JD Twitch recollects the story of he and Optimo (Espacio) counterpart, Jonnie Wilkes’ introduction (Eurasia Records, Tokyo, 2005) to one of the most talked about re-issues of recent years, the spellbindingly beautiful 1983 Utakata No Hibi double 12″ from Mariah. A must read. And a must listen if you haven’t yet had the good fortune.
Like everywhere else, Japan has seen a steep decline in numbers of record shops in recent times, but it must still be the record shop capital of the world with Tokyo remaining the most record shop rich city of all. There are countless shops that would make record fans exclaim with joy or drive them to tears at the amount of potential great finds unavailable due to a lack of budget.
My personal favourite is Eurasia records, which myself and Jonnie stumbled upon by a accident down a side street in Shinjuku (a particularly record shop rich area) some time circa 2005. I’m amazed we found it at all as it is located in an inauspicious unit on the second floor of a nondescript building with little to suggest it even exists. We had never even heard of it and I sometimes think there is perhaps a strange sixth sense that draws us towards great record shops in obscure locations wherever we go.
Within minutes of entering Eurasia I had to leave again and go outside and take a deep breath. Having spoken with other record shop lovers I don’t believe I’m alone in having had that sensation of being in the presence of so many great records that all the senses are so overloaded with excitement that one has to take a few minutes to calm down.
Before I was capable of the ability to form words, Jonnie had asked if he could buy it and did. I was devastated. We eventually left the shop with our bags full of treasures and once on the street I was still haunted by this Mariah song when it occurred to me that I should have asked if he had another copy. So, I hurtled back up the stairs and as I entered the shop he had another copy in his hand.
Eurasia is not a big shop but it is packed with riches, many of which I’ve never seen any physical copies of before in my life: Neue Deutsche Welle, Krautrock, Kosmische, (what our European cousins call) Wave, Rock In Opposition, Psych, Post-punk, Avant Garde / Electronics, Jazz, Industrial, Art Rock, Funk, Afro, Brazillian etc etc. along with lots of intriguing and mysterious Japanese records. The enigmatic owner sits behind the counter playing amazing records I’ve never heard before. One wonders how he makes a living as I’ve now been there several times and never seen a hint of another customer although as his prices can verge on the eye watering he probably only needs to make a few sales a day.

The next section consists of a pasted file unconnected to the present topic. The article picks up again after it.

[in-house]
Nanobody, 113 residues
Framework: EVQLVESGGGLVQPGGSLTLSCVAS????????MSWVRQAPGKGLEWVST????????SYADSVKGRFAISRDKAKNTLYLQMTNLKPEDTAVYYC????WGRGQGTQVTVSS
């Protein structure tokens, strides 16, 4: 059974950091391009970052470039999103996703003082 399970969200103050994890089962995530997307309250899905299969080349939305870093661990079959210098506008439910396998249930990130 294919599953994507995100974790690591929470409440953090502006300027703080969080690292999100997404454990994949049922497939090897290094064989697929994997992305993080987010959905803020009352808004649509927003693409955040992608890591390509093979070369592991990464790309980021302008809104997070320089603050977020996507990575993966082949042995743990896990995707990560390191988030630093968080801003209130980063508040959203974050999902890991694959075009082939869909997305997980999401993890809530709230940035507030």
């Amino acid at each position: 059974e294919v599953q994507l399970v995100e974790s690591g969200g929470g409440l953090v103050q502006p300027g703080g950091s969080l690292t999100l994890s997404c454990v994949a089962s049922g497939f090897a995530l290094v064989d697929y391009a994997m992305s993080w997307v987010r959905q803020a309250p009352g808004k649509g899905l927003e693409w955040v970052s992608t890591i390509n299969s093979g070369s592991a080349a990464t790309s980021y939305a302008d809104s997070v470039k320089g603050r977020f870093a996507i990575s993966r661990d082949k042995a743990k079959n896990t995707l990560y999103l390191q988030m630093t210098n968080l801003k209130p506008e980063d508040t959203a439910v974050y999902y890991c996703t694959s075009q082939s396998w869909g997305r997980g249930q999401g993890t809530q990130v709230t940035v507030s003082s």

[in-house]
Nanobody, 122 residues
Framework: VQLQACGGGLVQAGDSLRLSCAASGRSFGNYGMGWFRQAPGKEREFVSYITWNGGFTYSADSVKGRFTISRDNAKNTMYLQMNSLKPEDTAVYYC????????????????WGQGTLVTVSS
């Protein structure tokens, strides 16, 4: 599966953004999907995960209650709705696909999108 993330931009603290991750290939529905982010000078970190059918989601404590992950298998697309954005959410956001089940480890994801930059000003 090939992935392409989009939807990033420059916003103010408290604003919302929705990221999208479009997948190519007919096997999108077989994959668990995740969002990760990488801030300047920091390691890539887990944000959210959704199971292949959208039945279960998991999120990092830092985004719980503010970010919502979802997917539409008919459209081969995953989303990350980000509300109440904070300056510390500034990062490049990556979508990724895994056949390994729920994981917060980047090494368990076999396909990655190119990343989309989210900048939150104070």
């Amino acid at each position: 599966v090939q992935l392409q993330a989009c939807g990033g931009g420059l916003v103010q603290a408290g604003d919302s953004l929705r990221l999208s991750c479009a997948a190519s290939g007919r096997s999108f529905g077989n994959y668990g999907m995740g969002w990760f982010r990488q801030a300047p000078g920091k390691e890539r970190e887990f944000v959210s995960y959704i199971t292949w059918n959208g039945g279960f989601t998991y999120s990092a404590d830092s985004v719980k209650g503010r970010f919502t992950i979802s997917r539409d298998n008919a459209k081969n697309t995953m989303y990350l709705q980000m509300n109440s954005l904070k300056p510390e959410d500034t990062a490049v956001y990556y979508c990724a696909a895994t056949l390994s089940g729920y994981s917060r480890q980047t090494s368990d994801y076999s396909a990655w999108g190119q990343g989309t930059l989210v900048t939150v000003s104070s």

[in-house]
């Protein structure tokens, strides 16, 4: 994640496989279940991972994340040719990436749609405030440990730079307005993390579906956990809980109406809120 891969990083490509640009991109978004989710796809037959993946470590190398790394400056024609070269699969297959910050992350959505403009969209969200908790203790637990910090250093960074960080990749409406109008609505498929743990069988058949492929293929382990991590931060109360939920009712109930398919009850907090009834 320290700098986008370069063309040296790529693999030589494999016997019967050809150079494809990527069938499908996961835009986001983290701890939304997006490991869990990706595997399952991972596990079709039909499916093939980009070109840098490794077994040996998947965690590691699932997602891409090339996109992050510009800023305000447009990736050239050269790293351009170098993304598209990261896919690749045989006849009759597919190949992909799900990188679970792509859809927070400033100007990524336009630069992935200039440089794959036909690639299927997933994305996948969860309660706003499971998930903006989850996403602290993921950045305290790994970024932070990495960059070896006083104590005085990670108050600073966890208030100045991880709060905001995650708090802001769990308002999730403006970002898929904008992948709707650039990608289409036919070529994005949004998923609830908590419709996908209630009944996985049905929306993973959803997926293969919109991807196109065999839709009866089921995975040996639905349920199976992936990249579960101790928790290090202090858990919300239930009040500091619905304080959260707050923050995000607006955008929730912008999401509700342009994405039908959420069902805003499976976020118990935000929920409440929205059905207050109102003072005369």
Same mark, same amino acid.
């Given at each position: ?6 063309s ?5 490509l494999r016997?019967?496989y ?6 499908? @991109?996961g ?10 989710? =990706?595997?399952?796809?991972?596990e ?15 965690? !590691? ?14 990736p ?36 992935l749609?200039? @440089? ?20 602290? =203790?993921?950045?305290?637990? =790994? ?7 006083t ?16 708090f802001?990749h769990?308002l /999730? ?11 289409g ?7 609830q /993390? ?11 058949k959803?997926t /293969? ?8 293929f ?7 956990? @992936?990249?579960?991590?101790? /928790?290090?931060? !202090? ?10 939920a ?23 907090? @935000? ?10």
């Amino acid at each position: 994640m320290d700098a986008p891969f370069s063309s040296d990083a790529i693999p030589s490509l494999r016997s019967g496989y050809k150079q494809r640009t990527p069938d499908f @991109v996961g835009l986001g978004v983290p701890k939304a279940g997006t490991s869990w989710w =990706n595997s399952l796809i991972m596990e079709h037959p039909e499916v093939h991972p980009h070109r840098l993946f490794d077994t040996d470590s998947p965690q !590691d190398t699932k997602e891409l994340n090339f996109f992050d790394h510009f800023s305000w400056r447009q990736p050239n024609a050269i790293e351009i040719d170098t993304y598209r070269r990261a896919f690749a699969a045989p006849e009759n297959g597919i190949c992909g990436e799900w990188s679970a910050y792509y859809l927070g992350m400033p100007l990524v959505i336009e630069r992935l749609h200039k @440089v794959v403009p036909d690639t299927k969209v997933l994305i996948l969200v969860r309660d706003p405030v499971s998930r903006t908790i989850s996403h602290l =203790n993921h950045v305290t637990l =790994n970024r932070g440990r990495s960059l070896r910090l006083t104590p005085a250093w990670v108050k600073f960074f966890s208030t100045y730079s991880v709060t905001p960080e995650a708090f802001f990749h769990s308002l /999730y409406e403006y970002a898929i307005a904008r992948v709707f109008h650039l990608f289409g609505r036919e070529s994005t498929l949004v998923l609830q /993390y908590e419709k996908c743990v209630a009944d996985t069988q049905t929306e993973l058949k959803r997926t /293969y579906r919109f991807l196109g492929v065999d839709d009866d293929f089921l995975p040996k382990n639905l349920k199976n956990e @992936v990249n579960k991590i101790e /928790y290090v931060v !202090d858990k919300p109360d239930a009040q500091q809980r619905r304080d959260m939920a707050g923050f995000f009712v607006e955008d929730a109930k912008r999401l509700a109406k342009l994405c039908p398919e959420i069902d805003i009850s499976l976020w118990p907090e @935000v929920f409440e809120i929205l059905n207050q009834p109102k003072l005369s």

The first time we were there we were desperately trying to whittle down piles of records to a financially feasible number when one of the most beautiful pieces of music I’ve ever heard came out of the speakers. Both of us rushed over to ask what it was and the owner held up the cover to a 1983 double 12″, Utakata No Hibi by Mariah, the track playing being the now legendary Shinzo No Tobira. Before I was capable of the ability to form words, Jonnie had asked if he could buy it and did. I was devastated. We eventually left the shop with our bags full of treasures and once on the street I was still haunted by this Mariah song when it occurred to me that I should have asked if he had another copy. So, I hurtled back up the stairs and as I entered the shop he had another copy in his hand. I swear this guy has some vinyl related psychic abilities! Perhaps he had a huge pile of them he was trying to offload as it was only 15,000 yen (around £16).
When we got back to Scotland we both bored everyone we knew about this Mariah record, passing around an mp3 to anyone who would listen. That mp3 ended up on Youtube (I know as I had accidentally recorded it pitched up a bit) and has now had 150,000 views. The Mariah 2 x 12″ was recently reissued which was a little bittersweet for me. I’m always happy when great but hard to find records are made more widely available and have always eschewed that record collector mentality of exclusivity and elitism (I emphatically don’t think of myself as a collector). The bittersweet aspect is down to me spending countless hours trying and failing to reissue it myself, following endless dead ends until finally coming up against an inflexible Japanese major label. Bravo to the Palto Flats label for managing to license it (if you read this, I’d love to know the secret of your success).
Shinzo no Tobira has now gone from being a cult classic to a widely known and loved musical wonder. Undoubtedly other people outside Japan knew of it before us and its forgotten majesty would have spread far and wide anyway, but I do like to think that Mr. Eurasia deciding to play this particular track while we were in his shop is in some way part of the story of its rise from obscurity.
- JD Twitch (Nov, 2015)
And have a little look at the Palto Flats website (they also put out the excellent Roland Young re-issue in 2013) and check out their Facebook page but you’ll probably have to visit Discogs for a copy of Utakata No Hibi if you slept on it when it they first re-issued earlier this year. Think you can probably bag a copy for around £20. Worth every penny.